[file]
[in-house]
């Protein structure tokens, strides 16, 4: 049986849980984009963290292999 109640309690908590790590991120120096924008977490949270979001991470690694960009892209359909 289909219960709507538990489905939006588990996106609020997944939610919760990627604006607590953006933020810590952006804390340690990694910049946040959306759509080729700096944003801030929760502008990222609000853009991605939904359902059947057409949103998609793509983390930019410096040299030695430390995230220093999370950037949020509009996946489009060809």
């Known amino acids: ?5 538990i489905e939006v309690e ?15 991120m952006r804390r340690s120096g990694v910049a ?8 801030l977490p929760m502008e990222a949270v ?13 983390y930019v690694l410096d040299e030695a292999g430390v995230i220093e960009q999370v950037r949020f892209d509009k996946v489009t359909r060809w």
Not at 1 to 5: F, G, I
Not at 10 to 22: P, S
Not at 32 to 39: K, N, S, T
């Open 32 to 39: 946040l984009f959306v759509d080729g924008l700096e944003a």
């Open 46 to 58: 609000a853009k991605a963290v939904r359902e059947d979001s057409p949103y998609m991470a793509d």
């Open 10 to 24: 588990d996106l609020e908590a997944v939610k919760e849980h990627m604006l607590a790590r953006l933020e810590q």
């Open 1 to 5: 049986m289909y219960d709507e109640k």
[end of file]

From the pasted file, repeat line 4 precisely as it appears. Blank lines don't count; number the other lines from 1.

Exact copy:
Not at 1 to 5: F, G, I